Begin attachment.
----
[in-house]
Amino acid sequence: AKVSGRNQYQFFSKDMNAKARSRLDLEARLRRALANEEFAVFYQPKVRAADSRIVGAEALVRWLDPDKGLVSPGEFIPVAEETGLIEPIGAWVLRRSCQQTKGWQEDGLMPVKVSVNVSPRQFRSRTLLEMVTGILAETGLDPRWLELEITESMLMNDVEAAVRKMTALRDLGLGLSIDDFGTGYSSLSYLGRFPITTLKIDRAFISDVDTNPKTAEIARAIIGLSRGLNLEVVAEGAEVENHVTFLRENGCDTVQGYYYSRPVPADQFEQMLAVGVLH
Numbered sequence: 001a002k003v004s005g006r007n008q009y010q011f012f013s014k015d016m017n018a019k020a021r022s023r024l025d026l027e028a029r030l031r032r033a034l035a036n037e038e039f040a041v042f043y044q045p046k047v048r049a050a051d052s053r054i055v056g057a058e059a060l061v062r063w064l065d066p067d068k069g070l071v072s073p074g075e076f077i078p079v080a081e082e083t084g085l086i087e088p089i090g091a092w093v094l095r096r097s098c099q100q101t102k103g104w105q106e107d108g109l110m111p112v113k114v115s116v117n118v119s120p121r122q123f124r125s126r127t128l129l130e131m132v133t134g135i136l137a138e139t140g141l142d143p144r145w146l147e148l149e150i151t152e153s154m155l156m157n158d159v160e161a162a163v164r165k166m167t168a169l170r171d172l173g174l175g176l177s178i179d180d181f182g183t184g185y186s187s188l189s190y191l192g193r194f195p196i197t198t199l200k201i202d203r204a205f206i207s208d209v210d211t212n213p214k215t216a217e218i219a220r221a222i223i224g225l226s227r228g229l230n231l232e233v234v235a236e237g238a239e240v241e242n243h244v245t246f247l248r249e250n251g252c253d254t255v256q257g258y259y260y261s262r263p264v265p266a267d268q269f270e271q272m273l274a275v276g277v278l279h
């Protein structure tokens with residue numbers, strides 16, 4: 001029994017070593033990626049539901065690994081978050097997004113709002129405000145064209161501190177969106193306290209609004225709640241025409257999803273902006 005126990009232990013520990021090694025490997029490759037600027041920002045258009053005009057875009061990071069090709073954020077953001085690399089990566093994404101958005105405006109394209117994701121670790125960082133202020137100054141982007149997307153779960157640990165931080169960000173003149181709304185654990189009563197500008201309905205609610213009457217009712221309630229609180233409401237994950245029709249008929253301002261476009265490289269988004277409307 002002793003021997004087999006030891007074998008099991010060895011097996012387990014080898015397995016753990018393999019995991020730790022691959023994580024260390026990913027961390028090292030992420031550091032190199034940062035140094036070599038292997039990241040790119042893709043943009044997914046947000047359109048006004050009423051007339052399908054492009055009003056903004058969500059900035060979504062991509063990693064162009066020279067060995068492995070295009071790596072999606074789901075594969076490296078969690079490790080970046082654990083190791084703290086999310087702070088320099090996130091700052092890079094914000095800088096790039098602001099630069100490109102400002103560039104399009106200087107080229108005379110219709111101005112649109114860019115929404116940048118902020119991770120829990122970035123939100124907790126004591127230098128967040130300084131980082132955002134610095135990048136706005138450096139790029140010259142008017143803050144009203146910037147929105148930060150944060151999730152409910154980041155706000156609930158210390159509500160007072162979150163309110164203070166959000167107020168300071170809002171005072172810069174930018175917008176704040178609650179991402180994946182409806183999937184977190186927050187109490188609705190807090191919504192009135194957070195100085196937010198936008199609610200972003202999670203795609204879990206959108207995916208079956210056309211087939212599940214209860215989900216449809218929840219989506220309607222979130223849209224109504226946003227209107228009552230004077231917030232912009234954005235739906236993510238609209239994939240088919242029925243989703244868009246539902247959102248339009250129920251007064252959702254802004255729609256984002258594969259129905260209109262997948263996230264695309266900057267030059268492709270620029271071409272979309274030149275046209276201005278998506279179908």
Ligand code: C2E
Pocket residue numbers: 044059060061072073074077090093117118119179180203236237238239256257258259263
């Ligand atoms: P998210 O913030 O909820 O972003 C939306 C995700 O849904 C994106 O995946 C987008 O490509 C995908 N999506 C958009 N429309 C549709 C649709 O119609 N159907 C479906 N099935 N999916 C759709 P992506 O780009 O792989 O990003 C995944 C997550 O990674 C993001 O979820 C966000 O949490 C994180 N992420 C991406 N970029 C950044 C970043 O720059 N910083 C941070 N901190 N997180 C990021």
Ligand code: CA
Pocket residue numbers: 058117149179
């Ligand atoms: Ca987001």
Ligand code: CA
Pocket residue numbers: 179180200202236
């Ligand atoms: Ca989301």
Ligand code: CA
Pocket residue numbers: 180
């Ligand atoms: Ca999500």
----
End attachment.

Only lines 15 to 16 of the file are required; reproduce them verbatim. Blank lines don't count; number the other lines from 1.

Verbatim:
Pocket residue numbers: 180
């Ligand atoms: Ca999500």